Nationally, April 2011 seems to have been the warmest since records began in 1659, beating the previous record in 2007 by a considerable margin. In our area, rain fell in small quantity on only six days and, by the end of the month, the now customary spring drought was having major impacts on the countryside and wildlife. Pennine moorland was predictably going up in flames, while several large fires were reported in Sand Lizard habitat on the Sefton Coast.
For the second year in a row, the drought badly affected Natterjack Toad breeding, my counts of 89 spawn strings on Birkdale Green Beach being well down on recent years’ totals. Many slacks and scrapes were drying up by the end of the month, bad news for the six new volunteers I had just trained to monitor the fortunes of our iconic amphibian.
On the plus side, lots of butterflies and other insects were on the wing early and seem to have survived the cold winter well. Orange Tips and Speckled Woods were particularly numerous from mid-month, joining plenty of Peacocks, Commas and even the occasional Red Admiral fresh out of hibernation. Dragonflies also emerged earlier than usual – I saw my first Four-spotted Chasers and Blue-tailed Damselflies at Birkdale on 24th, while Peter Gateley photographed a Broad-bodied Chaser at Martin Mere on 30th. The very rare Northern Dune Tiger Beetle also seems set for another bumper year. Following several unprecedented late March sightings, I counted 65 at Birkdale Green Beach on 24th April. Alex and Shelagh Parsons invited me round to photograph male and female Emperor Moths they had bred from eggs laid last year. Our only member of the silk-moth family, this dramatic insect looks like it should inhabit the tropics but is actually fairly common locally.
I expect to see something new and different every time I go out on the sand-dunes but a first record for Sefton is always special. Kneeling down to photograph a dune slack plant at Birkdale on 24th, I disturbed a tiny insect which I took to be a Common Ground-hopper (Tetrix undulata), a relative of the grasshoppers that I have seen a few times before on the dunes. However, on viewing my photos later I realised it was actually the related but much rarer Slender Ground-hopper (Tetrix subulata). This is a mainly southern insect whose nearest mapped localities are about 60km away in North Wales. Over the next few days, I found it in several other dune slacks and scrapes from Hightown in the south to Queen’s Jubilee Nature Trail in the north. Guy Knight of Liverpool Museum tells me that he and colleagues have also found Slender Ground-hopper in various places in South Lancashire over the last year, so it is clearly colonising the region, probably in response to climate change.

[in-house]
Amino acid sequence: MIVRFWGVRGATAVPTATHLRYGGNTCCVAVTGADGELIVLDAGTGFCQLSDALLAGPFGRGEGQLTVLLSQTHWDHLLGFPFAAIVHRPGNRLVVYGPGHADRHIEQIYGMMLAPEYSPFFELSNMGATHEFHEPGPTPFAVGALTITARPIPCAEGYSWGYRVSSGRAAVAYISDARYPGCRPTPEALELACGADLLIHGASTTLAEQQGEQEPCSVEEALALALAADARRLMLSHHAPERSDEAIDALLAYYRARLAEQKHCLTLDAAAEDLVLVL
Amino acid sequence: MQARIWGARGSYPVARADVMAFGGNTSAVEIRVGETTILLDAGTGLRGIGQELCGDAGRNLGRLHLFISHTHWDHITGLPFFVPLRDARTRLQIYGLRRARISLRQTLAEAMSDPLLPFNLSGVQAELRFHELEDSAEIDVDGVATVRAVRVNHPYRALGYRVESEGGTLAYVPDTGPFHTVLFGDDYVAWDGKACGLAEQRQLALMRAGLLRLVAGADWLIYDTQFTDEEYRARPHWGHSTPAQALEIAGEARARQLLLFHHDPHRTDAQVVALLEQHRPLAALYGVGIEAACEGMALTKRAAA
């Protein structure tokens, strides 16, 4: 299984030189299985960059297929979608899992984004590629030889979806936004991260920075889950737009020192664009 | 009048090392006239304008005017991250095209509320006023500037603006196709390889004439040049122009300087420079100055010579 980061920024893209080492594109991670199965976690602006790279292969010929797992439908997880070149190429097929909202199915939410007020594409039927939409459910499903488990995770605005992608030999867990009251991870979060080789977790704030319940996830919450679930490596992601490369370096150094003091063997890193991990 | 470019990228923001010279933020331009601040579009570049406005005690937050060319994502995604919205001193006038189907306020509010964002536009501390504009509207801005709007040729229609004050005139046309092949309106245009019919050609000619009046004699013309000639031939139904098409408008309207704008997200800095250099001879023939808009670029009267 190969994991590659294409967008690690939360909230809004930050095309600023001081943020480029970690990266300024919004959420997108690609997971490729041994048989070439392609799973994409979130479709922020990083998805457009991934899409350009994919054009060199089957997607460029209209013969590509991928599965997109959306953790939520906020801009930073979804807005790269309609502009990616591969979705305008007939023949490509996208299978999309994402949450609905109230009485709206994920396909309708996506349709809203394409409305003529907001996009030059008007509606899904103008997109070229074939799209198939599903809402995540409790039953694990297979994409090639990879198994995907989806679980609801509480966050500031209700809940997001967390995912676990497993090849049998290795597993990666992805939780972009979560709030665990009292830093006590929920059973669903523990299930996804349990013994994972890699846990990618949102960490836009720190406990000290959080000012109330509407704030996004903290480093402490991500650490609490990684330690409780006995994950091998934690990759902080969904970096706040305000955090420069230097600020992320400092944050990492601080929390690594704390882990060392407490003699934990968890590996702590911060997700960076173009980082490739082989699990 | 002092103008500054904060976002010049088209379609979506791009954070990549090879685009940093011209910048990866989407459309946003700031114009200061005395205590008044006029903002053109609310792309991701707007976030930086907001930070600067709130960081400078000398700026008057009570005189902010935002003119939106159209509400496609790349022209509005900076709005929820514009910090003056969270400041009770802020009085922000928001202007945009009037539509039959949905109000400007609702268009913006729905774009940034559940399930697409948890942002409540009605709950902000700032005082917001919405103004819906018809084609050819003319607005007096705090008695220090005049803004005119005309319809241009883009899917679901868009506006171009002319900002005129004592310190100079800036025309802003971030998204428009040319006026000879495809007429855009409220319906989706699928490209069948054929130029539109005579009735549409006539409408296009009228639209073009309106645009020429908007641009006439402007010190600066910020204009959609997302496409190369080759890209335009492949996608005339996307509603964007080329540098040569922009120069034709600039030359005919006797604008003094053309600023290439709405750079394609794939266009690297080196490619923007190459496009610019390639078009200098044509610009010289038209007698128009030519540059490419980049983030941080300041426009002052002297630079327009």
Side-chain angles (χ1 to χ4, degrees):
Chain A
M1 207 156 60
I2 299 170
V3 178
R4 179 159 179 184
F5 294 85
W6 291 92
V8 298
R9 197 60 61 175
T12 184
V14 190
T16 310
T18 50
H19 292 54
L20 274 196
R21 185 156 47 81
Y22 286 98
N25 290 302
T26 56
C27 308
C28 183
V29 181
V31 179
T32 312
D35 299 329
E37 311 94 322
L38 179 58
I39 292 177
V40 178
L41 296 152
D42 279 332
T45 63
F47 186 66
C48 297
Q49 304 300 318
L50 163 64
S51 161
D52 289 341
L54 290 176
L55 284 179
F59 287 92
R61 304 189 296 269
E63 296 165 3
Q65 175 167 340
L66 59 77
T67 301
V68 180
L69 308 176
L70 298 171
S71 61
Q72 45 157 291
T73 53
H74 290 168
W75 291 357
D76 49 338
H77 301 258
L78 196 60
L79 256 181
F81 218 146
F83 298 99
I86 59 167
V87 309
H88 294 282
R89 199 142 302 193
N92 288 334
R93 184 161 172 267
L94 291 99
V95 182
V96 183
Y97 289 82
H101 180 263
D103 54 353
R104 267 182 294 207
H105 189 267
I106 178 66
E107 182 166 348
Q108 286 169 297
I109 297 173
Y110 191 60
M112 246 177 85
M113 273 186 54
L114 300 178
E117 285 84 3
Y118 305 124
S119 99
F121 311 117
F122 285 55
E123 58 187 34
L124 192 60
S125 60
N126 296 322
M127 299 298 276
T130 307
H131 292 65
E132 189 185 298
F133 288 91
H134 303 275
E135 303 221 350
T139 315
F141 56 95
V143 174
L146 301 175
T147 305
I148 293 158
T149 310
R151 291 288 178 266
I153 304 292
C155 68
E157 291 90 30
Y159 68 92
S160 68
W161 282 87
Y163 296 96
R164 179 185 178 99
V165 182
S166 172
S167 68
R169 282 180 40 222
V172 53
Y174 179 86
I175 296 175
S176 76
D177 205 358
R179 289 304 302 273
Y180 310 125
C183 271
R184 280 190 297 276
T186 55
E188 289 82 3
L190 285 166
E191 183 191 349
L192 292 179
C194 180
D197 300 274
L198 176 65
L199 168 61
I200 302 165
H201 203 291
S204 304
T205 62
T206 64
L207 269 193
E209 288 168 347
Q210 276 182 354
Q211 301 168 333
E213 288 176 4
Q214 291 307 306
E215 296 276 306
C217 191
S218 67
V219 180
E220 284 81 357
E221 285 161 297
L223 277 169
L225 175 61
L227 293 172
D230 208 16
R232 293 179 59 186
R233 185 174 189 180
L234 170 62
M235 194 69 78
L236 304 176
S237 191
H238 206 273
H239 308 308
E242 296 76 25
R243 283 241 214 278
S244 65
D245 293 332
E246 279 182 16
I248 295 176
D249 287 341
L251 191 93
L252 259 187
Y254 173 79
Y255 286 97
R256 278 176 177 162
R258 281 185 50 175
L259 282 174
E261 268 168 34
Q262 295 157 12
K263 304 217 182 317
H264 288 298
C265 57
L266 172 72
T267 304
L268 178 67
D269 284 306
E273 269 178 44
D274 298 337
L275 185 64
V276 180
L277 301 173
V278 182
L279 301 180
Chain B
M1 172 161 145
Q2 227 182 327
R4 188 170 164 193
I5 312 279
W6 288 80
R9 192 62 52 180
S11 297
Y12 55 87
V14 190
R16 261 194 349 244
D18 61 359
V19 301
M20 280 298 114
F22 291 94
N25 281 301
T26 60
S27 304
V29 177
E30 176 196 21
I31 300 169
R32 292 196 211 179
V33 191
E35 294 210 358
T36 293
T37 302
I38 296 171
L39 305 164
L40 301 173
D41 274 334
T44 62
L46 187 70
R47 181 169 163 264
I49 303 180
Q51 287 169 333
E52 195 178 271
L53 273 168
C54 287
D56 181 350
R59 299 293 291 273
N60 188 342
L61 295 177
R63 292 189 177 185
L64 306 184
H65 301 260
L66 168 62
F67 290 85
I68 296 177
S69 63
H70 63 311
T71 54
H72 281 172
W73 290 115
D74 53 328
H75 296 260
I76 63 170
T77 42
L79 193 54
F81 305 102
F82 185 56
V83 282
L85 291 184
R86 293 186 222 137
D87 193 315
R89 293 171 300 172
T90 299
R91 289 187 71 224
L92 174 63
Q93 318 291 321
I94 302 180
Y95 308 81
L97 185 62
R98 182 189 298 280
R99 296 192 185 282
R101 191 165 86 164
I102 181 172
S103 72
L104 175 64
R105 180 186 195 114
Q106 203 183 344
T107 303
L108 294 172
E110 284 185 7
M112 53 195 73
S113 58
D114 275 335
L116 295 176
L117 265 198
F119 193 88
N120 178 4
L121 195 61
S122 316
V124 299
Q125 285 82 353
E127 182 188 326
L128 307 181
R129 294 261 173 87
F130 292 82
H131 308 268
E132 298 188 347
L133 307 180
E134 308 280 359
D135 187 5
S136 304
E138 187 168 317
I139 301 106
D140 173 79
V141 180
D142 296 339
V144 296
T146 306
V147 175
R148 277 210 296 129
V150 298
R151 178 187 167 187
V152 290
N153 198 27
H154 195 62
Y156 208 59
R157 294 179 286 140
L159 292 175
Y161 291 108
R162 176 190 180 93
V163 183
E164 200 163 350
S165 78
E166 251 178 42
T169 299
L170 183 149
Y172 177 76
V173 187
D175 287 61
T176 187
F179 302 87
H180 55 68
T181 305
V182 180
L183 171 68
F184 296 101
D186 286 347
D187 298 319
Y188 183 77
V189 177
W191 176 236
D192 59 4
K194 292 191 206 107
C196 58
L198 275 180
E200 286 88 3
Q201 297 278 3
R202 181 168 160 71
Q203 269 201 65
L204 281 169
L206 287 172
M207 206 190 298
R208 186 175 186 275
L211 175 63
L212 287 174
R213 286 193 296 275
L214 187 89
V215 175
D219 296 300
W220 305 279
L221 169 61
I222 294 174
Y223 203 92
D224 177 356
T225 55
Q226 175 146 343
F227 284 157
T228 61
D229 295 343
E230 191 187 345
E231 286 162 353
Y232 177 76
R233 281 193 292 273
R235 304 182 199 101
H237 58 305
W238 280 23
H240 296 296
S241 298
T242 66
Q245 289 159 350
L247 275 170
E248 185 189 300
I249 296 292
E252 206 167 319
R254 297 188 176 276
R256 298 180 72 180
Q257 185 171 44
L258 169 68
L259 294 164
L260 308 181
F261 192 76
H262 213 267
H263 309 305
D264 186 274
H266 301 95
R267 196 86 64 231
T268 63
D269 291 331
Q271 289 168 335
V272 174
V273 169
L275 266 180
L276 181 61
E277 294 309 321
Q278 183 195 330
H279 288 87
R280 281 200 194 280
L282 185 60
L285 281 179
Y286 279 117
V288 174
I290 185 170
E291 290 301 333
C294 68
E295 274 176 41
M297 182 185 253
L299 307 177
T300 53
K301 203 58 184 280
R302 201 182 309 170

The settled weather seems to have led to most migrant birds passing though quickly with few notable sightings being reported. Surprisingly, flocks of winter Waxwings were still in Liverpool and Bootle in mid-April and I was pleased to find 70 White Wagtails, the continental form of our Pied Wagtail, on Ainsdale beach on 6th. Seaforth Nature Reserve is famous for its spring gatherings of Little Gulls but very few were seen this April. However, my visit on 23rd produced a good variety of terns, including 48 Sandwich, 20 Common, 7 Arctic and a Black Tern. A tour of Ainsdale Sand Dunes National Nature Reserve with friends on 19th, ostensibly to record bushes of the rare hybrid willow Salix x doniana, led to close views of two male Ring Ouzels, the first time I have seen more than one of this spectacular upland relative of the Blackbird. The willows were nice too!